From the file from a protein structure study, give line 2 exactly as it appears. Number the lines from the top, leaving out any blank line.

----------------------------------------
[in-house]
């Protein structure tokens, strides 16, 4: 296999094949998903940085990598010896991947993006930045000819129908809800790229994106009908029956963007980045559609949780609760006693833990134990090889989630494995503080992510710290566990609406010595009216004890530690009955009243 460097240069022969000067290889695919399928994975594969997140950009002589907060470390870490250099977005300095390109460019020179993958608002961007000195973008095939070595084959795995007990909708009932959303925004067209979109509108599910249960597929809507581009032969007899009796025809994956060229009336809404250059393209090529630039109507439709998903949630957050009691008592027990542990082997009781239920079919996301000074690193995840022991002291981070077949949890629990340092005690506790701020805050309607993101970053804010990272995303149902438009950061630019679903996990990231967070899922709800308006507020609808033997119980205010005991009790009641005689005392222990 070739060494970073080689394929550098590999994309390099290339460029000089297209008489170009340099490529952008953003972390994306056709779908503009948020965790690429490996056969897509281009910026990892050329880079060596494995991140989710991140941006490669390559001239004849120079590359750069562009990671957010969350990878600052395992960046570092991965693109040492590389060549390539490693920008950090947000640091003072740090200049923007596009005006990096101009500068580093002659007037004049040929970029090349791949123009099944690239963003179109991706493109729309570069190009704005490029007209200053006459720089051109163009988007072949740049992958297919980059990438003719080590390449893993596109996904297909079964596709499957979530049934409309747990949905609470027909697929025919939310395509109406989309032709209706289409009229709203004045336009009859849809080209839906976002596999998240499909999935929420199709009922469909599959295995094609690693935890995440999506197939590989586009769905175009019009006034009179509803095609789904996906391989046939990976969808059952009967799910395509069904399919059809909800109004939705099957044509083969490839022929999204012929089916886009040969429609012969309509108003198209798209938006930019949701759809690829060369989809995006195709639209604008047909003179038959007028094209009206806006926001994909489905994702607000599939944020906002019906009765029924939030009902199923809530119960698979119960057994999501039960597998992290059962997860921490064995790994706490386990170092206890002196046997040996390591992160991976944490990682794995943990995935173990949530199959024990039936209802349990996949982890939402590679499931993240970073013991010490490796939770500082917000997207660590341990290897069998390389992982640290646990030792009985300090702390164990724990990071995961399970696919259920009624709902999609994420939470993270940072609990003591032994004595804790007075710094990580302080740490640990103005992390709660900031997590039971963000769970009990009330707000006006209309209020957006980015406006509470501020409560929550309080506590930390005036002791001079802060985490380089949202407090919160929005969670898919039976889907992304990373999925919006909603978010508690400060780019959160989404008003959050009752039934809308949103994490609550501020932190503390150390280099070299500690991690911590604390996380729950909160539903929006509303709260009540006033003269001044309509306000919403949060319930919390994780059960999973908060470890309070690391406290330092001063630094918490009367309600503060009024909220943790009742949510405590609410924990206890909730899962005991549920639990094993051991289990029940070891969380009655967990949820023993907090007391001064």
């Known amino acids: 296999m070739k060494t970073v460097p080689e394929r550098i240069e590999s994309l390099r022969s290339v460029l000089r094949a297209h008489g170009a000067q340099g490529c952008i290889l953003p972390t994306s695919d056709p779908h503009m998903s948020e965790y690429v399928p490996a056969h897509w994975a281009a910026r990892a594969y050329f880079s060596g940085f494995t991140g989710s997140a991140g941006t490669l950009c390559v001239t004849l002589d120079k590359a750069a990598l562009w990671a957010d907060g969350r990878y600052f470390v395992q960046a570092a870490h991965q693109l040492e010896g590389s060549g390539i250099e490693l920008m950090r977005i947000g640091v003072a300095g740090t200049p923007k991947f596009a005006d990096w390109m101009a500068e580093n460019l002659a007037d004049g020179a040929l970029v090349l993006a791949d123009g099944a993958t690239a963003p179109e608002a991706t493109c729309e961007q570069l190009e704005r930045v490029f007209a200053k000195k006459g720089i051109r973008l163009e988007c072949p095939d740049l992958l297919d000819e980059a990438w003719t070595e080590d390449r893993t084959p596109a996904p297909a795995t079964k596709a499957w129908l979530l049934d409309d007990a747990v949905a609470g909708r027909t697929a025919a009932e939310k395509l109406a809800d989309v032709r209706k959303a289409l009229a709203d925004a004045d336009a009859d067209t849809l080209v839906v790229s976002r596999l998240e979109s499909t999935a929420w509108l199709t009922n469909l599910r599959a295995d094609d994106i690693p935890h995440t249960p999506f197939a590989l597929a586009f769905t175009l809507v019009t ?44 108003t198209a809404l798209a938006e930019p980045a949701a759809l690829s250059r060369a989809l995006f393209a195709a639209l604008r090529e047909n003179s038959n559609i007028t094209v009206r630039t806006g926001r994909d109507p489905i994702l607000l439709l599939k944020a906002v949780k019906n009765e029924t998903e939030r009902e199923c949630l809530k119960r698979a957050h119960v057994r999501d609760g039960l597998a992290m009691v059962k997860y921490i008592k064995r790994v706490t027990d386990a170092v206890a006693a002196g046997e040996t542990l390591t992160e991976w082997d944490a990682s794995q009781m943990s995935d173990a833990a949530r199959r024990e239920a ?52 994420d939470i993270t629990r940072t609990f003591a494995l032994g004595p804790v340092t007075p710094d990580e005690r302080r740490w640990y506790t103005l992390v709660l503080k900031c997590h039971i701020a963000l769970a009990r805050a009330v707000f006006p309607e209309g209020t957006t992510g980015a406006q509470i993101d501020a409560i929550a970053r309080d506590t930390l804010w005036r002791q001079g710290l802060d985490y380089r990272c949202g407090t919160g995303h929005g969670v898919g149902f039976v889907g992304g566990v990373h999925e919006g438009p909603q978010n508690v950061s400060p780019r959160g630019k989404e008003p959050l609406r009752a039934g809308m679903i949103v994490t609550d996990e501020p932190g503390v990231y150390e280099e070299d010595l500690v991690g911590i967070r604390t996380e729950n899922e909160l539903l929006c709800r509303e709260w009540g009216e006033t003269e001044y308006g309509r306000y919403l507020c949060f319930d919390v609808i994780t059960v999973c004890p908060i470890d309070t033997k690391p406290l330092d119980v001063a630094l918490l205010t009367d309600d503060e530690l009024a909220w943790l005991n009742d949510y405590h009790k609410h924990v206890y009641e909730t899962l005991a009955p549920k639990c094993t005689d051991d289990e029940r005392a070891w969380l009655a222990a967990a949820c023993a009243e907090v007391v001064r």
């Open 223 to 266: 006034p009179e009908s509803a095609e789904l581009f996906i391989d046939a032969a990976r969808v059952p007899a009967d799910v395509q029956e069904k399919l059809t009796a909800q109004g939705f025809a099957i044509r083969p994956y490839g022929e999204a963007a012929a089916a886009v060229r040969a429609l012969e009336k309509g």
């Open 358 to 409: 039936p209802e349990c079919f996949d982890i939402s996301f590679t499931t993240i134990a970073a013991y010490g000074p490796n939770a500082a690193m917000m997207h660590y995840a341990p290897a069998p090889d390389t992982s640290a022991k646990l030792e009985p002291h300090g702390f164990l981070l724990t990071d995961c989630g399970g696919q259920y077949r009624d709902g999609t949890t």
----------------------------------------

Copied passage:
């Protein structure tokens, strides 16, 4: 296999094949998903940085990598010896991947993006930045000819129908809800790229994106009908029956963007980045559609949780609760006693833990134990090889989630494995503080992510710290566990609406010595009216004890530690009955009243 460097240069022969000067290889695919399928994975594969997140950009002589907060470390870490250099977005300095390109460019020179993958608002961007000195973008095939070595084959795995007990909708009932959303925004067209979109509108599910249960597929809507581009032969007899009796025809994956060229009336809404250059393209090529630039109507439709998903949630957050009691008592027990542990082997009781239920079919996301000074690193995840022991002291981070077949949890629990340092005690506790701020805050309607993101970053804010990272995303149902438009950061630019679903996990990231967070899922709800308006507020609808033997119980205010005991009790009641005689005392222990 070739060494970073080689394929550098590999994309390099290339460029000089297209008489170009340099490529952008953003972390994306056709779908503009948020965790690429490996056969897509281009910026990892050329880079060596494995991140989710991140941006490669390559001239004849120079590359750069562009990671957010969350990878600052395992960046570092991965693109040492590389060549390539490693920008950090947000640091003072740090200049923007596009005006990096101009500068580093002659007037004049040929970029090349791949123009099944690239963003179109991706493109729309570069190009704005490029007209200053006459720089051109163009988007072949740049992958297919980059990438003719080590390449893993596109996904297909079964596709499957979530049934409309747990949905609470027909697929025919939310395509109406989309032709209706289409009229709203004045336009009859849809080209839906976002596999998240499909999935929420199709009922469909599959295995094609690693935890995440999506197939590989586009769905175009019009006034009179509803095609789904996906391989046939990976969808059952009967799910395509069904399919059809909800109004939705099957044509083969490839022929999204012929089916886009040969429609012969309509108003198209798209938006930019949701759809690829060369989809995006195709639209604008047909003179038959007028094209009206806006926001994909489905994702607000599939944020906002019906009765029924939030009902199923809530119960698979119960057994999501039960597998992290059962997860921490064995790994706490386990170092206890002196046997040996390591992160991976944490990682794995943990995935173990949530199959024990039936209802349990996949982890939402590679499931993240970073013991010490490796939770500082917000997207660590341990290897069998390389992982640290646990030792009985300090702390164990724990990071995961399970696919259920009624709902999609994420939470993270940072609990003591032994004595804790007075710094990580302080740490640990103005992390709660900031997590039971963000769970009990009330707000006006209309209020957006980015406006509470501020409560929550309080506590930390005036002791001079802060985490380089949202407090919160929005969670898919039976889907992304990373999925919006909603978010508690400060780019959160989404008003959050009752039934809308949103994490609550501020932190503390150390280099070299500690991690911590604390996380729950909160539903929006509303709260009540006033003269001044309509306000919403949060319930919390994780059960999973908060470890309070690391406290330092001063630094918490009367309600503060009024909220943790009742949510405590609410924990206890909730899962005991549920639990094993051991289990029940070891969380009655967990949820023993907090007391001064």